Artist collective mixes pop culture with surrealism for Vancouver Mural Festival
'There’s like a Princess Leia fighting a dripping, melting man,' artist says
The blue and grey two-storey building at West 7th and Ontario in Vancouver is fairly easy to forget as a structure.
But the unremarkable building is undergoing a transformation that will leave it with a very memorable feature.
It's the site of one of 26 murals in this year's Vancouver Mural Festival.
The annual free public art celebration runs from Aug. 6 to 11 and will feature 23 artists or groups creating permanent, large-scale public murals, mostly around the Mount Pleasant neighbourhood.
Phantoms in the Front Yard (FITFY), an eight-person Vancouver-based artist collective, is the group responsible for livening up the wall at West 7th and Ontario Street.
The collective says the mural is titled Strange Bedfellows because it mixes the artists' independently conceived drawings into one scene.
"My role in the mural project has been to assemble a lot of different artists' drawings together to create a composition that, in the end, turned out to be an art gallery scene with a bunch of fun scenarios happening," said Michael Abraham.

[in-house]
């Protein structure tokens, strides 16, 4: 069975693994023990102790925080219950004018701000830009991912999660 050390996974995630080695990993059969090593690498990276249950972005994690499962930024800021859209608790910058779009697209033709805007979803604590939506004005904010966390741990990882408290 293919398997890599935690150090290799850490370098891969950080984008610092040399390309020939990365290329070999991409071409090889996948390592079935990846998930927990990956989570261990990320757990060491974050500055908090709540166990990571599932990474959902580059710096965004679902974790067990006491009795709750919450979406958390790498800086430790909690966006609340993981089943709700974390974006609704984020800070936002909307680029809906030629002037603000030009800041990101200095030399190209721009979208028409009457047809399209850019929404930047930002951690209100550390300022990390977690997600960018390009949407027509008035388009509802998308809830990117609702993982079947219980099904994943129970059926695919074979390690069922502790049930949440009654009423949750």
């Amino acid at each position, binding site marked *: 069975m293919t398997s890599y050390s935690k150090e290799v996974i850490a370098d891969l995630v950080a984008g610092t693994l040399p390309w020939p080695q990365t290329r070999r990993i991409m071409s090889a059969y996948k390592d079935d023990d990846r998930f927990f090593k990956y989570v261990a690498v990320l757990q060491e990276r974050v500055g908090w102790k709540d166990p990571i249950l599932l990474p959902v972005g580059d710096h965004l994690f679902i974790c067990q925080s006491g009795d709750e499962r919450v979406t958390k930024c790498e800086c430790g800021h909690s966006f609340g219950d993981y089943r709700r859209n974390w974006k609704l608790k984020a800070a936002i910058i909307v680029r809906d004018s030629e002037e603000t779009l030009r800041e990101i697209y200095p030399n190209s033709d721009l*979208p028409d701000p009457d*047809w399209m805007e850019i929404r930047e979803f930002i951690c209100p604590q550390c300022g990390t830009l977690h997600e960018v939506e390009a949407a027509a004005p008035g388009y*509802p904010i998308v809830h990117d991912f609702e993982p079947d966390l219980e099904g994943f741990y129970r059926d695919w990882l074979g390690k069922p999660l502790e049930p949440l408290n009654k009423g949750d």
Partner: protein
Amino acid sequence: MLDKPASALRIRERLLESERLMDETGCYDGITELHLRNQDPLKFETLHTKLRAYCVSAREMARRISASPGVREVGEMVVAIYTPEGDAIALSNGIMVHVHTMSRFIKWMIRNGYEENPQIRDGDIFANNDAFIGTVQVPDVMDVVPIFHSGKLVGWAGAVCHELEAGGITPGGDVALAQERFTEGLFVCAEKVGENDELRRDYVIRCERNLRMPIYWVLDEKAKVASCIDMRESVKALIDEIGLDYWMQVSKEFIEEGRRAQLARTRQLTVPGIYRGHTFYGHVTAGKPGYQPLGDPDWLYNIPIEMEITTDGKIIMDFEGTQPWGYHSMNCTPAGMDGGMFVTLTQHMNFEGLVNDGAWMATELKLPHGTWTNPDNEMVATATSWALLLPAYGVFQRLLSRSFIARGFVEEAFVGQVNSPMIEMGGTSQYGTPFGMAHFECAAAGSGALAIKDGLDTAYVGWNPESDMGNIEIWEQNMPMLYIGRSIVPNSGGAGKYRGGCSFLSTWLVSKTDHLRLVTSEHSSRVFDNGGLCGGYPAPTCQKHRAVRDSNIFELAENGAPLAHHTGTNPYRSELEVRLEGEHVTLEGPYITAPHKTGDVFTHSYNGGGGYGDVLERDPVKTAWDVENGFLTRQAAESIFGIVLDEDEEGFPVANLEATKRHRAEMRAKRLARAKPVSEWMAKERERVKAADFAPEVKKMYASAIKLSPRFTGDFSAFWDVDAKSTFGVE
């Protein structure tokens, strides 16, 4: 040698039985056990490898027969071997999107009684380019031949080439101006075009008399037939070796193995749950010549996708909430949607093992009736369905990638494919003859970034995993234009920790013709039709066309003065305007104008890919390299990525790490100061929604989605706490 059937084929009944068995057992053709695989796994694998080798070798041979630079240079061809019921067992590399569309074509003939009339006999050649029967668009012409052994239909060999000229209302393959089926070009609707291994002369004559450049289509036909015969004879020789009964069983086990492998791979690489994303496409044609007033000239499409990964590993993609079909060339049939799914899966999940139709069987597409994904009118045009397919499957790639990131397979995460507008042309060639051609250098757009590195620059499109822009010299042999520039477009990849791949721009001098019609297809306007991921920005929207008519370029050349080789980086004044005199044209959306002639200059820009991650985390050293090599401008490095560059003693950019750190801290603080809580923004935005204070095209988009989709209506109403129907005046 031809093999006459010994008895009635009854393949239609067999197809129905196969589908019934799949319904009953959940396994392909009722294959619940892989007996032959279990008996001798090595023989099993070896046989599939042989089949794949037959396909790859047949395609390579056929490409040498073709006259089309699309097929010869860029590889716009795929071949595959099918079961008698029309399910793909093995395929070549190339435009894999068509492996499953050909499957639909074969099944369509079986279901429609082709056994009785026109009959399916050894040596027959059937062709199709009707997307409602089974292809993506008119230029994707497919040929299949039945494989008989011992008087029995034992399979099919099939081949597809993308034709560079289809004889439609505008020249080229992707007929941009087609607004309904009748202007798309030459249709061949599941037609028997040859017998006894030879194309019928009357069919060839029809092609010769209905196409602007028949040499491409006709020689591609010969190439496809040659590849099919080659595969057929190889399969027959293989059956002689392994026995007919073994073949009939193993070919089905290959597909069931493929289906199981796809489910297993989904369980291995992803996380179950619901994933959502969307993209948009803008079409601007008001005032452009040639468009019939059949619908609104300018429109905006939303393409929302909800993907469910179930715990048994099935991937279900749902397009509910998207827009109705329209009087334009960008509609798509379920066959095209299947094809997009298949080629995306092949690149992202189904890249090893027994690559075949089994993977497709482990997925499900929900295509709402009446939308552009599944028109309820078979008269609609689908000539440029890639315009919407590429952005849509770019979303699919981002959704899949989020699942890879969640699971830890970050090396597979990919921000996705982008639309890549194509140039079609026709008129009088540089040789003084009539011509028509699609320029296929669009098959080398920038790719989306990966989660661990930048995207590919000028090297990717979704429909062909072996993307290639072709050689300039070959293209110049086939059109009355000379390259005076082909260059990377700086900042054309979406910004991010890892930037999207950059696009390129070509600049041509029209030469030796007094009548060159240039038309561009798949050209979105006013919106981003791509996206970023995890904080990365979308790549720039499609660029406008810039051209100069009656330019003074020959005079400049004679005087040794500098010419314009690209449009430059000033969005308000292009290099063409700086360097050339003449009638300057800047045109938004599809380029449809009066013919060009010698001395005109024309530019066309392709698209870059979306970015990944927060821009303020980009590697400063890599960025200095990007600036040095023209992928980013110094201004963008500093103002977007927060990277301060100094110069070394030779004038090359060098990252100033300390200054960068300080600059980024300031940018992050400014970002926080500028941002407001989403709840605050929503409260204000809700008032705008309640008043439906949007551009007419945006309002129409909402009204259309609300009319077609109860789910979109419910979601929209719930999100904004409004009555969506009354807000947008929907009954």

"So the top grouping, there's like a Princess Leia fighting a dripping, melting man … and then there's like a bathing suit clad model sort of stopping the action."
Abraham said the composition combines 130 elements, and will take nearly two weeks to complete.
He said the artists start the process by tracing their drawings onto the building using a projector and a grease pencil, after which it will take 12 days to fill the outlines with colour.
'A dream come true'
The mural combines many historical and surreal figures, like Venus de Milo, a rooster in a rainbow sweater, a polar bear wearing pants, and even Salvador Dali's head on David Lee Roth's body.
"I'm really interested in dreaming up surreal situations and then trying to represent those fairly technically accurately," said artist Jonathan Sutton.
Sutton says it's really thrilling after eight years together as a collective to have the opportunity to work on a single composition for the first time.
"I love to be in the company of this crew of artists personally, and then to be in their company in terms of our figures all being in the same frame, it's kind of like a dream come true," said Sutton.
Sutton says he loves that the mural is public and can be appreciated by passersby. He hopes it will inspire the process of art making among others.
With files from North by Northwest